Investment warning for Bitcoin traders as cryptocurrency’s value plummets

Last Updated on Monday, 11 January, 2021 at 8:54 pm by Andre Camilleri

Bitcoin traders have been warned against investing in the virtual currency after a huge drop in value over the weekend.

The value of Bitcoin had reached a record high over the weekend, but prices dropped by around 12% on Monday.

The UK’s Financial Conduct Authority (FCA), said Monday that investing in crypto assets “involves taking very high risks with investors’ money”.

“If consumers invest in these types of product, they should be prepared to lose all their money,” it warned.

Bitcoin has been rallying since October 2020 with prices soaring by a staggering 300%.

Prices reached a record high of around $41,000 on 8 January but has since gone down to around $35,000.

Analysts had warned about an impending correction.

On Monday, the cryptocurrency market’s capitalisation fell from about $1.1trillion to about $978.22billion, according to CoinMarketCap data.

Up to $170billion was wiped from the cryptocurrency market’s value in just 24 hours.

All three leading cryptocurrencies – bitcoin, ethereum and tether – went down in value over the past 24 hours.

In 2018, then Prime Minister Joseph Muscat had told the United Nations General Assembly that cryptocurrency was the “future of money.”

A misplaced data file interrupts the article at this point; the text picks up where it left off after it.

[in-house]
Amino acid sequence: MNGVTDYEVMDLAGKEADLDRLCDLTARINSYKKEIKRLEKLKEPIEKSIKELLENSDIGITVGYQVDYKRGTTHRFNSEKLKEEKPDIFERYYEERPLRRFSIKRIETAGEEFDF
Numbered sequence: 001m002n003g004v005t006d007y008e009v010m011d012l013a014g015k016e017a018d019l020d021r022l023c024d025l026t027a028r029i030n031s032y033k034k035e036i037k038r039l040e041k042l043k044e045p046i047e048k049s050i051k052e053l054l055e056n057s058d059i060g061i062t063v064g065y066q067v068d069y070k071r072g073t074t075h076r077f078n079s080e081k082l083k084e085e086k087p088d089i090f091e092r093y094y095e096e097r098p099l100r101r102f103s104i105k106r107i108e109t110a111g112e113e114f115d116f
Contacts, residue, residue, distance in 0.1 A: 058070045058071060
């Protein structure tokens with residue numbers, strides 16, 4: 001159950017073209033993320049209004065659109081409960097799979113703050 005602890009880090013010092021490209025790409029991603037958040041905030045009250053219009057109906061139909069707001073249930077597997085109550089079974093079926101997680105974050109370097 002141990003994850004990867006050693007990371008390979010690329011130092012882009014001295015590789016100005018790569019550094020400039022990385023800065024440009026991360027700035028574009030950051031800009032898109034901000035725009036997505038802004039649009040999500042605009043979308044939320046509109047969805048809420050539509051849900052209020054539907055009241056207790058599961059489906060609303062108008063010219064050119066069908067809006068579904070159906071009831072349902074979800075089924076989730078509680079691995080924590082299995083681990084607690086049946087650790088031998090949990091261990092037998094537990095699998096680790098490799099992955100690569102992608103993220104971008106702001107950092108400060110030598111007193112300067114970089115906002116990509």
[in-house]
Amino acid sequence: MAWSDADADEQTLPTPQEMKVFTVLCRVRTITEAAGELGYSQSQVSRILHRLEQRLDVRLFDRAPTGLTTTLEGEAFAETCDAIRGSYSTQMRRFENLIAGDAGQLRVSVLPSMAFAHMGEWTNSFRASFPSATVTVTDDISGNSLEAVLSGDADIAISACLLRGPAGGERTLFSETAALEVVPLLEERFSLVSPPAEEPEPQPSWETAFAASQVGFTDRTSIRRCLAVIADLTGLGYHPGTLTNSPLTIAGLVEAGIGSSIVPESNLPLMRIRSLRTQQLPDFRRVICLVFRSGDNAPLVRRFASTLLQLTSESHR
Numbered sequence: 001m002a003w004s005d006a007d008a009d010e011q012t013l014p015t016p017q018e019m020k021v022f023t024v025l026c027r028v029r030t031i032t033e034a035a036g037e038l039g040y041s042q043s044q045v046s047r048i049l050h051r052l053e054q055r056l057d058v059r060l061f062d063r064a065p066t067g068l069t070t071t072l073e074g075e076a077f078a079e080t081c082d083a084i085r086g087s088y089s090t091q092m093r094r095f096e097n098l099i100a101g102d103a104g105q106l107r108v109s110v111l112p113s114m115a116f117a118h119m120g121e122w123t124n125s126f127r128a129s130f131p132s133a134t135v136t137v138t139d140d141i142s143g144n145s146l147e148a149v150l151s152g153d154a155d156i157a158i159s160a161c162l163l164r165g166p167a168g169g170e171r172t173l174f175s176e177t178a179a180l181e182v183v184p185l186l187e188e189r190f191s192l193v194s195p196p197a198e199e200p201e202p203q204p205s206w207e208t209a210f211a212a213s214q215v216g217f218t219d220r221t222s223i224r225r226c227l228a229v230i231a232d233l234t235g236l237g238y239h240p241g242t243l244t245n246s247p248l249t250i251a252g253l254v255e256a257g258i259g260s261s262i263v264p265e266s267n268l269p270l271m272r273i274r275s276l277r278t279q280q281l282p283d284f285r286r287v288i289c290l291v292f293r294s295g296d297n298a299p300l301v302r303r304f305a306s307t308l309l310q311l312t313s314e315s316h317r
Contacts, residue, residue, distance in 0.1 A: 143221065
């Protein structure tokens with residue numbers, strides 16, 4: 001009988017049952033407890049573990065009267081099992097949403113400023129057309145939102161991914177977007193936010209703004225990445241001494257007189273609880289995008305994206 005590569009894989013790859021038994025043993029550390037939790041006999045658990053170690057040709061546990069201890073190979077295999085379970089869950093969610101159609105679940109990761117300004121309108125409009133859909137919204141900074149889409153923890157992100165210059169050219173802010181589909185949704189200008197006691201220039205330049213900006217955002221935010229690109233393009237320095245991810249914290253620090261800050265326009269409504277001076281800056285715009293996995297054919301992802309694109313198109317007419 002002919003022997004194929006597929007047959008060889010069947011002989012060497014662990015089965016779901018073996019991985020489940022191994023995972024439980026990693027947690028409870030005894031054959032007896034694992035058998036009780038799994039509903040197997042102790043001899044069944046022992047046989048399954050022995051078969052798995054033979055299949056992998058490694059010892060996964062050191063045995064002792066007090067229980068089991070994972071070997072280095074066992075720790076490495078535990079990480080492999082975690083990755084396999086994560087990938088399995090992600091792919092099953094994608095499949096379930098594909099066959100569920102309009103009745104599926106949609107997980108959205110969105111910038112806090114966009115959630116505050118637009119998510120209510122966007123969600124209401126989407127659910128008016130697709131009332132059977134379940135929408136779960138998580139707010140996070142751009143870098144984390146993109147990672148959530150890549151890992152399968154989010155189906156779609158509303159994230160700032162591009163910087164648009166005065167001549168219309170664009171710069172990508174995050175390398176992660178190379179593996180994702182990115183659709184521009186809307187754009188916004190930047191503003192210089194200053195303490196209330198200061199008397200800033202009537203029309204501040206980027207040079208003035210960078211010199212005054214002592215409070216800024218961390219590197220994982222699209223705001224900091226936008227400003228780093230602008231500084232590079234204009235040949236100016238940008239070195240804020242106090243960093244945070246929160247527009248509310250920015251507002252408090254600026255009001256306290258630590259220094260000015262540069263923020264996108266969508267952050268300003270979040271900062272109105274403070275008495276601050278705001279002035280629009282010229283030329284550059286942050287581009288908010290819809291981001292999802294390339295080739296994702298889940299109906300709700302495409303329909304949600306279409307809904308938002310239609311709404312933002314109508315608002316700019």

He had spoken about Malta’s move to set up as a “Blockchain Island” and said that the nation was the “first jurisdiction worldwide” to regulate the technology that “previously existed in a legal vacuum.”

“Blockchain makes cryptocurrencies the inevitable future of money, more transparent since it helps filter good businesses from bad businesses,” Muscat had said.

But Malta’s Blockchain dream seems to be fading away fast, with Finance Minister Clyde Caruana recently saying that ‘Blockchain Island’ cannot happen unless traditional banks jump on board.

He told LovinMalta that, “Traditional banks have written off blockchain at its early stages. There’s always the potential [for Blockchain Island] but if we want to make it happen, there must be more work. The banks must be convinced that this is something that can really happen; unless they’re on board it will be very difficult to go for that.”

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